Five of the six largest public auto retailers posted lower net earnings in the first quarter of 2003.
Sonic Automotive Inc., in Charlotte, N.C., the nation's third largest dealership group, even cut 784 jobs, or 7.5 percent of its work force, and began a hiring freeze. Sonic reported net income of $17.8 million in the first quarter, down 23.3 percent from $23.2 million in the first quarter of 2002.
Only AutoNation Inc., of Fort Lauderdale, Fla., the nation's largest auto retailer, managed to reduce its expenses and increase its net profit to $211.9 million in the first quarter. The company shaved expenses by 5 percent and intends to continue to cut costs.
AutoNation would have shown a decline in net earnings without a $127.5 million tax benefit from a settlement with the Internal Revenue Service. The company's net income otherwise would have been $84.4 million, down 8.0 percent from $91.7 million for the same quarter in 2002.
The results hurt the case that public dealerships often make to investors that the retail side of the auto business is not cyclical because of its diversified income. Income from finance and insurance, service and parts, and used-vehicle sales failed to offset growing expenses.
"They talk about service and parts more than making up for a downturn, but we haven't seen that happen," says Sheldon Sandler, who heads Bel Air Partners, an automotive investment firm in Princeton, N.J. "These companies are nothing but shadows of the overall car market."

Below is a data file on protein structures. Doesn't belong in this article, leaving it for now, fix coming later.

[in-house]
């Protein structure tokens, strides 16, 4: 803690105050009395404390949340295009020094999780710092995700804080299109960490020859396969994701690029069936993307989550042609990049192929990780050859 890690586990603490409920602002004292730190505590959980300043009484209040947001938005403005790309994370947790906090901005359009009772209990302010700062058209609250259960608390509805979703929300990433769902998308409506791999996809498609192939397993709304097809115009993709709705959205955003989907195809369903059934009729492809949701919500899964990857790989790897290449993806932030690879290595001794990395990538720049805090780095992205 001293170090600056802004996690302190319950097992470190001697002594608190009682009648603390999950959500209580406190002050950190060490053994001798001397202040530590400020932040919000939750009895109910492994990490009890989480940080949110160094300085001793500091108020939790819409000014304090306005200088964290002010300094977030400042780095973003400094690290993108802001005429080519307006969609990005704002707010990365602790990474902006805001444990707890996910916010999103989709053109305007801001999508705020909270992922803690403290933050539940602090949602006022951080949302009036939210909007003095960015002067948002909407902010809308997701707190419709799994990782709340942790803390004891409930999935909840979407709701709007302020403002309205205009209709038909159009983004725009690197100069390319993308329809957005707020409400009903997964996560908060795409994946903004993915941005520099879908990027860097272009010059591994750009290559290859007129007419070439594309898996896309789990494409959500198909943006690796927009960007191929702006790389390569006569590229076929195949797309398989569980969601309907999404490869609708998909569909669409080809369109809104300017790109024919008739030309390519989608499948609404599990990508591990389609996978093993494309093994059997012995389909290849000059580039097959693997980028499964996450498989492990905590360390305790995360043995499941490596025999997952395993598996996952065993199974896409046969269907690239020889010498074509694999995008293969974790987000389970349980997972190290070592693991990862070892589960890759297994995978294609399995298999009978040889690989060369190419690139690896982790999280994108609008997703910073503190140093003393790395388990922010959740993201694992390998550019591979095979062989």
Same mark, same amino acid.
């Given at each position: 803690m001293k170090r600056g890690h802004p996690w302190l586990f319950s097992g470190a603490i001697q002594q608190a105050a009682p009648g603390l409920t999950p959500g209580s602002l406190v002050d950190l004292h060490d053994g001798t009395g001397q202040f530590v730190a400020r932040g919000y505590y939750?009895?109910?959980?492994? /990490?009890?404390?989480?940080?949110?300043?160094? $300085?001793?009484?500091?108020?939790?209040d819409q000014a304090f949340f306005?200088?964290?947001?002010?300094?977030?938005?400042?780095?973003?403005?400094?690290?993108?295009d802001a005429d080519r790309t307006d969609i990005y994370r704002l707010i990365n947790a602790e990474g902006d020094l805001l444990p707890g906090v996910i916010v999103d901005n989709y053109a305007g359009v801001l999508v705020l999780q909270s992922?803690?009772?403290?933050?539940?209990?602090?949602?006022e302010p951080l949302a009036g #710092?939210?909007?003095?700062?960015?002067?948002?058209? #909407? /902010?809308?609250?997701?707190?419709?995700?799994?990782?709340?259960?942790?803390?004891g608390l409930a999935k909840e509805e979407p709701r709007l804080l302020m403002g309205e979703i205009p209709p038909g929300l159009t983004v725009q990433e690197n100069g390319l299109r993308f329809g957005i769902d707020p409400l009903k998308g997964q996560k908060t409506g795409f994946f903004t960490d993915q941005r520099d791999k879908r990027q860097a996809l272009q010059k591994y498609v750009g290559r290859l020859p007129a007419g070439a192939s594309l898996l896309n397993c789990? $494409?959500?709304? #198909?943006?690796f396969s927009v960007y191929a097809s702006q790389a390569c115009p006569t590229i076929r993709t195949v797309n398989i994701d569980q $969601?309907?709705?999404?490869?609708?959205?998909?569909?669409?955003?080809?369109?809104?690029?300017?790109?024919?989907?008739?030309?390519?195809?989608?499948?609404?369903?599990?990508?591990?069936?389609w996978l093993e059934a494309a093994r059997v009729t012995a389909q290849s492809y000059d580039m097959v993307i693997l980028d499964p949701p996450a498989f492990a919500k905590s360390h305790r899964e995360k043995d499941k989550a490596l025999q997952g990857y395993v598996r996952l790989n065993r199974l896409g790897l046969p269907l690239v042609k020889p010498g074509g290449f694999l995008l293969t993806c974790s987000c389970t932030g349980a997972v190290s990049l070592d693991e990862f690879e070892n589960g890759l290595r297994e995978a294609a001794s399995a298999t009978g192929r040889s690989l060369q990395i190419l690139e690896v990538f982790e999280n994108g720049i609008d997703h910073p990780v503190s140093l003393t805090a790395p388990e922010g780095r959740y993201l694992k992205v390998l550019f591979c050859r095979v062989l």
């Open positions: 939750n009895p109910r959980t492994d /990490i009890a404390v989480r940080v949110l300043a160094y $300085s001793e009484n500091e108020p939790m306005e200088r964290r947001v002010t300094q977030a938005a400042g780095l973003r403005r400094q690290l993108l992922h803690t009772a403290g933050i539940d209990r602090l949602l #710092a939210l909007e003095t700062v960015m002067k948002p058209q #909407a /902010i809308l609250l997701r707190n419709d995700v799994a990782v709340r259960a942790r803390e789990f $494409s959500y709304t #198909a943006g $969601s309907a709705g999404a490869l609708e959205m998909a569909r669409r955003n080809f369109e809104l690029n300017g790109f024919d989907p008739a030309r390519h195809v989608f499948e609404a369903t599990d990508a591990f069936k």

Analysts say the biggest factors in the declines were the slumping economy, unseasonably cold weather, intense competition from new-vehicle sales and uncertainty over the war in Iraq.
"The cold weather causes people to stay indoors" instead of shop for vehicles, says Paul Taylor, chief economist for the National Automobile Dealers Association.
According to NADA's most recent figures, dealerships nationwide saw an almost 20 percent decline in profits before taxes in the first two months of the year.
Though its net income was down, UnitedAuto Group of Detroit was the top performer among the public retailers. Its first-quarter net earnings would have increased 7 percent to $16.8 million had it not been for a $3.1 million charge associated with a change in accounting on floorplan and advertising credits from manufacturers. UnitedAuto instead posted income of $13.7 million, down 12.7 percent from the $15.7 million reported for the same quarter in 2002.
AutoNation CEO Mike Jackson told analysts: "We believe that the automotive retail environment will continue to be challenging."